I startle a bit. “I… I don’t know… maybe south is-“

“South are only more people. More people means for them: more food,” Nathan says, sitting down at the table and helping himself to a beer. “Which means more of those godless creatures. Besides, the colder the better, I tell you that, girl. They are not made for the north.” He takes a huge swig from the bottle, places it back on the table with a clonk and wipes his mouth with the back of his head. “We have enough food to survive a few months on our own, don’t worry. In the end this will be our triumph, I am sure.”

I do not dare to disagree although to me it seems as if the zombies are not affected by the cold at all. If I were to take a guess, I would even say it slows down the rotting of the flesh and increases the time they can be mobile. But as I catch the grim face of Ezra’s father I decide to keep my mouth shut and nod instead. There are more important things than arguing over zombies.

Nathan grunts and addresses his wife. “Did you think of leaving meat for the dog?”

Ann nods and walks over to us with a bowl full of pieces of raw meat. Lucy is following her, eyes fixed on the bowl.

Nathan makes a satisfied sound, the sides of his lips lifting into a smile. “So, what do we have here?” he asks, taking the bowl from Ann.

“Uh… she’s a-” I start.

“Rhodesian Ridgeback, I can see that,” Nathan growls, patting Lucy’s head and scratching her behind the ears before letting his large hand glide over her gold brown back, along the line where the hair grows in a different direction than the rest. “Good girl. Are you hungry, beautiful?”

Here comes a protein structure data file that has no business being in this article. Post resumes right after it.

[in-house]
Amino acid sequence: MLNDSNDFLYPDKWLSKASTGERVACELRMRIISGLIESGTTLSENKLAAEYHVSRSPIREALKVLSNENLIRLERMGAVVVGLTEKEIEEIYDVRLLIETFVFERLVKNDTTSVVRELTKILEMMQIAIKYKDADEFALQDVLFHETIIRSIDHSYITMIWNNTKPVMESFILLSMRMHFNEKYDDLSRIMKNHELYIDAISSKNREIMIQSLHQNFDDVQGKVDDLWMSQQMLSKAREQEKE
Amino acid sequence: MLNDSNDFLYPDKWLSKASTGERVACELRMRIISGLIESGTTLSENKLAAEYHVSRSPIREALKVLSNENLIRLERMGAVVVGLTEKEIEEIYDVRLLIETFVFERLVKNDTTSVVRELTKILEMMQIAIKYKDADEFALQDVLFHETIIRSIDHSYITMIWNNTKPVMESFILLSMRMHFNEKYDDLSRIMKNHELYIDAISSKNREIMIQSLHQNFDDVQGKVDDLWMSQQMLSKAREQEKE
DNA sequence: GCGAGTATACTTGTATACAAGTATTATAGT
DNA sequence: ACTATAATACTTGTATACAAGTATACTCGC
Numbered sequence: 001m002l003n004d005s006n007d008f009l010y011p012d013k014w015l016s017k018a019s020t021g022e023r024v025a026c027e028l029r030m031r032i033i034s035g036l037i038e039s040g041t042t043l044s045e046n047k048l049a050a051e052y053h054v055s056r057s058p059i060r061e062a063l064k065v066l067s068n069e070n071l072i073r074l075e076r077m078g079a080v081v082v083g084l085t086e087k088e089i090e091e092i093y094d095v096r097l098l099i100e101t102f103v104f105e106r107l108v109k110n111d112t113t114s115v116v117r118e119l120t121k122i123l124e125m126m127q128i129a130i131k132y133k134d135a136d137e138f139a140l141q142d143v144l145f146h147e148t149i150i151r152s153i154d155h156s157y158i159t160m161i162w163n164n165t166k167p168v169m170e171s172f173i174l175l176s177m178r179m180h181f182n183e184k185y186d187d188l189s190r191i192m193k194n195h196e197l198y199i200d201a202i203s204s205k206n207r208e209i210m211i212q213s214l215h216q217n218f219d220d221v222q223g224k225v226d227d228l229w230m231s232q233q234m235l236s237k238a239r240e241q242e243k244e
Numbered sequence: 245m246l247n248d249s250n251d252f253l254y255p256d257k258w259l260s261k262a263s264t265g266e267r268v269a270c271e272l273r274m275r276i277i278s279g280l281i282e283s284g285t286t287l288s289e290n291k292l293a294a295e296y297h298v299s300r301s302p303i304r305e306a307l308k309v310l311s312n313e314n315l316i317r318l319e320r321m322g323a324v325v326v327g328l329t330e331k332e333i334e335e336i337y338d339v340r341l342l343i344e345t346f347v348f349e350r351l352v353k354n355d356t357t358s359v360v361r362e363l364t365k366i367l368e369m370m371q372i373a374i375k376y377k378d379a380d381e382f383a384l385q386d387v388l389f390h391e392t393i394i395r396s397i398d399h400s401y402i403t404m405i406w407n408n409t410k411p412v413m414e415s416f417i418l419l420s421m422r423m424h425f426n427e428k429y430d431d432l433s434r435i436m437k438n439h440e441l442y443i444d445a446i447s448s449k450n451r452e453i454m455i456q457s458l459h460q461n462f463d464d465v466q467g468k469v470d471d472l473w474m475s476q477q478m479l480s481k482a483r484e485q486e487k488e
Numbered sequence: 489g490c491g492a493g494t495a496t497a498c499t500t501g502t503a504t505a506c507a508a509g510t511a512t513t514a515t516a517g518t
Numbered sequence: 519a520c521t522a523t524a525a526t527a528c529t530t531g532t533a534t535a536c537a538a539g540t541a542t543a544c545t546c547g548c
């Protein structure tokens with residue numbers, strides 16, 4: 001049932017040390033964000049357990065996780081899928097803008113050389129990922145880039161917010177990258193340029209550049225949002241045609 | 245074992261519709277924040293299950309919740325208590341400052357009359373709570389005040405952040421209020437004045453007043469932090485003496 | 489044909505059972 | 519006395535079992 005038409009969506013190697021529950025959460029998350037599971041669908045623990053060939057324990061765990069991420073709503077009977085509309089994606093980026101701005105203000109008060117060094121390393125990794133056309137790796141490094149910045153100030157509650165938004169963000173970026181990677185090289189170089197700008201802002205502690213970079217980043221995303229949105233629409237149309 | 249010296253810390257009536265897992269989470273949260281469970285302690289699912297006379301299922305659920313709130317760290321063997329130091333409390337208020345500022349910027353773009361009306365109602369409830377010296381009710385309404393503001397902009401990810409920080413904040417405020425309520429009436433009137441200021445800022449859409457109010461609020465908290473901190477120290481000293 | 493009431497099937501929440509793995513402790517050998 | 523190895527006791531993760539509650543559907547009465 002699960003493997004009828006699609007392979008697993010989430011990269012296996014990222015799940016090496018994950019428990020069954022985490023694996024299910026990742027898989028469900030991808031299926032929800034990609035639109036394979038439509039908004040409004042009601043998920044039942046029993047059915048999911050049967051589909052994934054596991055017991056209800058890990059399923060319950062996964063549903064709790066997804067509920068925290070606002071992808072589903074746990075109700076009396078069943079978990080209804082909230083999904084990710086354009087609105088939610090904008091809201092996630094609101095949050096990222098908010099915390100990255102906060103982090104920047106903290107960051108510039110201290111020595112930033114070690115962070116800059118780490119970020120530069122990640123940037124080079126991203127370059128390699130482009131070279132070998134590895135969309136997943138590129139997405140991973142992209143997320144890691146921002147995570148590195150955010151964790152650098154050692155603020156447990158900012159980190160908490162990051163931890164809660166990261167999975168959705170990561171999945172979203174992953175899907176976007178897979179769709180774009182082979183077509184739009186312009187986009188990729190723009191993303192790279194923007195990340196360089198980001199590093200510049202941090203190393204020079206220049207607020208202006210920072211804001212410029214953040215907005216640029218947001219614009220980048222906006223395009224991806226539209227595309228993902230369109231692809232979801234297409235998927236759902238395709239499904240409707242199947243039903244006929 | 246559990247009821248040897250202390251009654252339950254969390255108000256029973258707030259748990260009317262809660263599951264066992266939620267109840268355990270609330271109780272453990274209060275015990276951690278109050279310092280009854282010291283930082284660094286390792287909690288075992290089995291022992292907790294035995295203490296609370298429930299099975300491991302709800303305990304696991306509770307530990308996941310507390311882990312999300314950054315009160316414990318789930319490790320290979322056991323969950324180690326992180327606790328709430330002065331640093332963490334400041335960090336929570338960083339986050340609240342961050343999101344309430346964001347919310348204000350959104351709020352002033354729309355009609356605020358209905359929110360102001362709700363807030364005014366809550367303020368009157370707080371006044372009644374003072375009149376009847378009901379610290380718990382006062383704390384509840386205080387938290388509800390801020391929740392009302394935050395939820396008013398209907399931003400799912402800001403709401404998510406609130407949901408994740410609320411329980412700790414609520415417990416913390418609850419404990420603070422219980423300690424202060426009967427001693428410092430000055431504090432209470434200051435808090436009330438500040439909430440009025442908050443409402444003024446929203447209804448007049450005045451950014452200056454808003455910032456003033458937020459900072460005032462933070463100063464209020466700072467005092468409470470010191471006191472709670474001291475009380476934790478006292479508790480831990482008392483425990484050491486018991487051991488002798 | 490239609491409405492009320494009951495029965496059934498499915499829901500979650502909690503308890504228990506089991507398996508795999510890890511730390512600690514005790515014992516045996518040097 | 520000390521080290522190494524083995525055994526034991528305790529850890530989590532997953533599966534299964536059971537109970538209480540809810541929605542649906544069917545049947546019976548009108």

“Her name is Lucy,” I say, blinking a bit at the sudden display of affection from the old man. “And I guess she is awfully hungry, yes.”

Nathan's chuckle rumbles in his throat as he places the bowl on the floor to his feet. Lucy whines lowly, her tail wagging like crazy and turns her head to look at me.

“Go ahead, Lucy,” I say, grinning a bit despite myself and gesture to the bowl. “Thanks,” I say to Nathan and Ann. I hope they have enough food to spare something for the dog and I feel immediately terrible again.

Only one additional reason to leave as soon as possible. As soon as I have enough gas.

Lucy dives in and devours the food as if she has been starved for days. Which she is, I guess. 
I notice Ezra’s father watch her eat, satisfaction bright in his eyes. “Do you have a dog?” I ask him, timidly.

Nathan looks up. “I had…” His voice grows heavy. “She was a truly great one. Similar built. A mutt but who knows, maybe some of yours was in there as well.” He grimaces at me sadly.

I hesitate before continuing speaking. “Did she die?”

Nathan nods gravely.

“Was she old?”

“Not really…” Nathan grabs the beer bottle, knuckles white. “Killed by zombies two days ago,” he says, “Cowardly fuckers.”

I hold my breath. “I am very sorry, Nathan.”

Nathan takes another swig from the bottle and looks at me for the first time without a scowl. “Thanks. Caroline, right?”

“Yes,” I say and smile shyly. “Nice to meet you, sir.”

Nathan grunts and nods his head to his wife. “What’s for dinner?”

“Oh, right!” Ann jumps up to check the pots on the stove.